16/01/2008 - 10:28

WA home loans up 4% in November

16/01/2008 - 10:28

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The volume of owner occupier home loans in Western Australia jumped by 4 per cent in November, despite coinciding with the Reserve Bank of Australia's most recent interest rate hike.

The volume of owner occupier home loans in Western Australia jumped by 4 per cent in November, despite coinciding with the Reserve Bank of Australia's most recent interest rate hike.

The latest Australian Bureau of Statistics figures reveal all states and territories experienced an increase in demand for home loans expect the ACT, which fell 0.4 per cent in November.

Tasmania experienced the biggest surge with a 9.9 per cent increase, followed by Victoria (4.7 per cent), Western Australia (4.0 per cent) and Australia's largest housing market-NSW (3.9 per cent).

Elsewhere, home loans increased 3.5 per cent in Queensland, by 2.8 per cent in South Australia and 2.0 per cent in the Northern Territory.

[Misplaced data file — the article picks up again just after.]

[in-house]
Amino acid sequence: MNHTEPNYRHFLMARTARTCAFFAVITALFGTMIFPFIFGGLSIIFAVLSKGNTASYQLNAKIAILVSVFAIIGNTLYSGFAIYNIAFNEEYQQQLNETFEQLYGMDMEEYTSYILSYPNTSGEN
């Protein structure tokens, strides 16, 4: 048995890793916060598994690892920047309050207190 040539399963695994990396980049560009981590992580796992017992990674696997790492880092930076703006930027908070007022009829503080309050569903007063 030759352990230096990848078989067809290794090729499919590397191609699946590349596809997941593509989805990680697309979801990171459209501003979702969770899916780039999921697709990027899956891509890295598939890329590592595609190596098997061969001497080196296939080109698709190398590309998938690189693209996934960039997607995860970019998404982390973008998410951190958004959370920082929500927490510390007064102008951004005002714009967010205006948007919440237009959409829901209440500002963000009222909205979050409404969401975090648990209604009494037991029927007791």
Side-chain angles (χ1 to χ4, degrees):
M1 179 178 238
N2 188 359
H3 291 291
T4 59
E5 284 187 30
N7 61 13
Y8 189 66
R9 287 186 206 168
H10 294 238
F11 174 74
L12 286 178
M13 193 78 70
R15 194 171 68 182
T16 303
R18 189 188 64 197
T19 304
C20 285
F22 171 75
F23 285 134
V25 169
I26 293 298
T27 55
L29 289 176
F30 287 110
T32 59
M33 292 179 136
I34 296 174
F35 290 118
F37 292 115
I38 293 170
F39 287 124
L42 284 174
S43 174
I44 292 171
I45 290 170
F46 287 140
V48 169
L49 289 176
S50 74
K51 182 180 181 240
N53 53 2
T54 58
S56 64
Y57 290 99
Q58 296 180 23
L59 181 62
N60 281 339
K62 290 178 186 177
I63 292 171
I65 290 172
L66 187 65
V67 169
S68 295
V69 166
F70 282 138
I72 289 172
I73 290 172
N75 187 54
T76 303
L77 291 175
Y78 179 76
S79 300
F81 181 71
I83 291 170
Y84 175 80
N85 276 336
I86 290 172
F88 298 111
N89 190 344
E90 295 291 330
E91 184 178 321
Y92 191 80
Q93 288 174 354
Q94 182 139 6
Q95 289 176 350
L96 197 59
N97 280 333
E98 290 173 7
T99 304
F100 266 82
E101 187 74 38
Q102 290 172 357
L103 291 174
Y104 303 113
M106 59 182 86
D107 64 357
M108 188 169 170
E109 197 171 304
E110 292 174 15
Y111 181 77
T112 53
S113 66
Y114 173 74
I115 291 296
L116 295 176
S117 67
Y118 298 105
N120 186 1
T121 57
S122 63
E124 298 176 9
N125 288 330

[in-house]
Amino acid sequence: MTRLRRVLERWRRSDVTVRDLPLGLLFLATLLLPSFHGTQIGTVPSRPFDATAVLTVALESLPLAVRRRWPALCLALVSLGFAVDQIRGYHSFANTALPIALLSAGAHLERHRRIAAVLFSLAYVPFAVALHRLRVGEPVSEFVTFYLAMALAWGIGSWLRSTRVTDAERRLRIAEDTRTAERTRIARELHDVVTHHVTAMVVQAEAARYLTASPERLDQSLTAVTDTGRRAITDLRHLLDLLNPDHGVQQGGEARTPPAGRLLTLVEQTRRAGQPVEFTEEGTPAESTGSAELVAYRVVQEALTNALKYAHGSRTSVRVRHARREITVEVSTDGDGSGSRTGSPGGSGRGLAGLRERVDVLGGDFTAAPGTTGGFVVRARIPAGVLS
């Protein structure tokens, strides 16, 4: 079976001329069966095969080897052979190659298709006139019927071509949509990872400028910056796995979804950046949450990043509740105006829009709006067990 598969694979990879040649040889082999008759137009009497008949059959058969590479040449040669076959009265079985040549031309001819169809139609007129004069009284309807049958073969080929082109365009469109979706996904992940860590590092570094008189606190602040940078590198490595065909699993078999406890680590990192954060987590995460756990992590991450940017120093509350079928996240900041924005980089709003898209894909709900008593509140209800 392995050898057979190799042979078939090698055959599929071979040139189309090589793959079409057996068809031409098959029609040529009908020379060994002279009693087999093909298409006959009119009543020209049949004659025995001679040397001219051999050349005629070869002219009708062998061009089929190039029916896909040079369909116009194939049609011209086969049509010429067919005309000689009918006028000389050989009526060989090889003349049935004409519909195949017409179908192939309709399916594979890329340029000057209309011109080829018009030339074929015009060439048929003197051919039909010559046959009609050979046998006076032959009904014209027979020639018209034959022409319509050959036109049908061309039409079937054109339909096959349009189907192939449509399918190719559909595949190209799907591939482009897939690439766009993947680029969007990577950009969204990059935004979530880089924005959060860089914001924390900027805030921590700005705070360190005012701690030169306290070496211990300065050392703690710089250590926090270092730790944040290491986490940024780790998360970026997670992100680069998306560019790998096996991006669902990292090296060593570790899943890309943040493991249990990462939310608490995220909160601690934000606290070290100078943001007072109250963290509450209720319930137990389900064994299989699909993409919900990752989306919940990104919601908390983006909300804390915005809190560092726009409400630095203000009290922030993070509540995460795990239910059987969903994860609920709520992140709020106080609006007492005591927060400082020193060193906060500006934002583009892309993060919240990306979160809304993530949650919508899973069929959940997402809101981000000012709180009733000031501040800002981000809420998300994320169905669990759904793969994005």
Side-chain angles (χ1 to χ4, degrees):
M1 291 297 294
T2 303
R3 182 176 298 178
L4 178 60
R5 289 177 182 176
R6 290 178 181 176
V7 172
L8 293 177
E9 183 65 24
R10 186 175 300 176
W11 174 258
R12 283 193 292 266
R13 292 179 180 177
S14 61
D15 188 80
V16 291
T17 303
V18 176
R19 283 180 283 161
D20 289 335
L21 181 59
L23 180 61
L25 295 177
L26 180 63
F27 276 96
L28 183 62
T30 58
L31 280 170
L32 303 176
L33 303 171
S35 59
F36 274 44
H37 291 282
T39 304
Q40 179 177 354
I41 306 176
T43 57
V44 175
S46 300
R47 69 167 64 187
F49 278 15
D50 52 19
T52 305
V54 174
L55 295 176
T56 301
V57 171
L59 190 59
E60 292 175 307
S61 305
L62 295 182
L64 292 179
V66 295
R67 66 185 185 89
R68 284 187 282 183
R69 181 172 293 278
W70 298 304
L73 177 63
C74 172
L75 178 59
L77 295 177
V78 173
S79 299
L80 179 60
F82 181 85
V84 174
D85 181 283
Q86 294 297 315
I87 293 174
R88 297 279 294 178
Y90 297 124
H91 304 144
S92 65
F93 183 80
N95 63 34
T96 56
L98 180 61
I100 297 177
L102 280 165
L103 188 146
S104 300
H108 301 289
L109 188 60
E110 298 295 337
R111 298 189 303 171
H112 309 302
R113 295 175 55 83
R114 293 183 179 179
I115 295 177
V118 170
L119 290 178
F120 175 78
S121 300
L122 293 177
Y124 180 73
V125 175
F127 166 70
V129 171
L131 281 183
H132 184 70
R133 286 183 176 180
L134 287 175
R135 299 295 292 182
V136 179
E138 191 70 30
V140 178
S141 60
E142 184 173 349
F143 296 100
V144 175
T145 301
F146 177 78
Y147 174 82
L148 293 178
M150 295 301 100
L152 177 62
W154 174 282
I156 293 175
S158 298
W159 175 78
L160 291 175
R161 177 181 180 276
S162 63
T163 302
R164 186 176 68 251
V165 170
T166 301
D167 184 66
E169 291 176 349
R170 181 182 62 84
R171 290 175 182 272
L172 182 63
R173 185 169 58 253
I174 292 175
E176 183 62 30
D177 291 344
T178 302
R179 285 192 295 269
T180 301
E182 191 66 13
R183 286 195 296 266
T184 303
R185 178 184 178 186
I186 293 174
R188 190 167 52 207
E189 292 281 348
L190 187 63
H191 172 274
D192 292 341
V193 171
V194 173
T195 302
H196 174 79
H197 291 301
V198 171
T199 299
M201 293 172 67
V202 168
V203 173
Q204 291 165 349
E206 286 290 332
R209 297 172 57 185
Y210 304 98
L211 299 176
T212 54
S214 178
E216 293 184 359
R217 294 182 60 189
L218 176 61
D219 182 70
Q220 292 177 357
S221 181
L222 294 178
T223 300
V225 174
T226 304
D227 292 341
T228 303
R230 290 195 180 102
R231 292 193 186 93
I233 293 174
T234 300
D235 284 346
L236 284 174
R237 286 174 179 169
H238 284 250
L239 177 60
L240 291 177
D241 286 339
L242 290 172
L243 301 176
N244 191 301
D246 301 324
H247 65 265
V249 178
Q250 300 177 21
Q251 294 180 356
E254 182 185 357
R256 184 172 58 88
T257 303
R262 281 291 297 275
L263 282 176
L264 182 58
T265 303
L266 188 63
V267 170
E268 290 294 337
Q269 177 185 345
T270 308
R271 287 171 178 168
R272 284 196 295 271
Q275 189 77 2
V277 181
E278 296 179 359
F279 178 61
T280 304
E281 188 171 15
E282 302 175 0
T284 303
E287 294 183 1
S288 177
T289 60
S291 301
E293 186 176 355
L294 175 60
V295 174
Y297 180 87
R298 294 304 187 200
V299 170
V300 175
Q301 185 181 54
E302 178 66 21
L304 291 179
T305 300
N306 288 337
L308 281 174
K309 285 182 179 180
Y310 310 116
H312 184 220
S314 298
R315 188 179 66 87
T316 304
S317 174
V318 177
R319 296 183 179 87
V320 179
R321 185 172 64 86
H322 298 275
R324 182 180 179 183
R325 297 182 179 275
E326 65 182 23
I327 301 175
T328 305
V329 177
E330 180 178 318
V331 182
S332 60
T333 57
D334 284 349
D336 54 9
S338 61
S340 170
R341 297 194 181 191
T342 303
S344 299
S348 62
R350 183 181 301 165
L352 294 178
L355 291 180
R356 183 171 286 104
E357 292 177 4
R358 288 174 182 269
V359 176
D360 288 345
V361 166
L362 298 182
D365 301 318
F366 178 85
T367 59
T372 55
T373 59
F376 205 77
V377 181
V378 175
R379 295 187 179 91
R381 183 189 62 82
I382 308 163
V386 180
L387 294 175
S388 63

Nationally, the total number of loans for owner occupiers increased by 4 per cent in November due to a 4.9 per cent lift in loans for established dwellings.

Loans for the purchase of new dwellings dropped by 7.3 per cent and loans for the construction of new dwellings were flat.

The Housing Industry Assocation said the increases in loans for established dwellings had masked a weakening in loans for new dwellings.

HIA executive director WA Sheryl Chaffer said that the profile for housing finance was consistent with other leading indicators which pointed to a continued softening in the commencement of new home building activity in 2008.

"The WA economy is very strong and the level of new housing activity in the pipeline is at best steady. This situation is likely to continue regardless of the outcomes of the economic storm clouds internationally." Ms Chaffer said.

"Within this aggregate picture, the industry is concerned that with continued strong population growth and only marginal increases in new dwellings means there will be continued upwards pressure on prices and even further tightening of the rental market. This demonstrates the need for government to implement incentives for the construction of rental properties."

Economists say the recent action by the banks to lift mortgage rates and the risk of another official rate rise by the central bank next month is likely to dampen demand for loans in coming months.

The Westpac-Melbourne consumer confidence index released earlier today tumbled 8.3 per cent in January, reflecting the impact of rising interest rates, higher petrol prices and weakening share prices.


 

 

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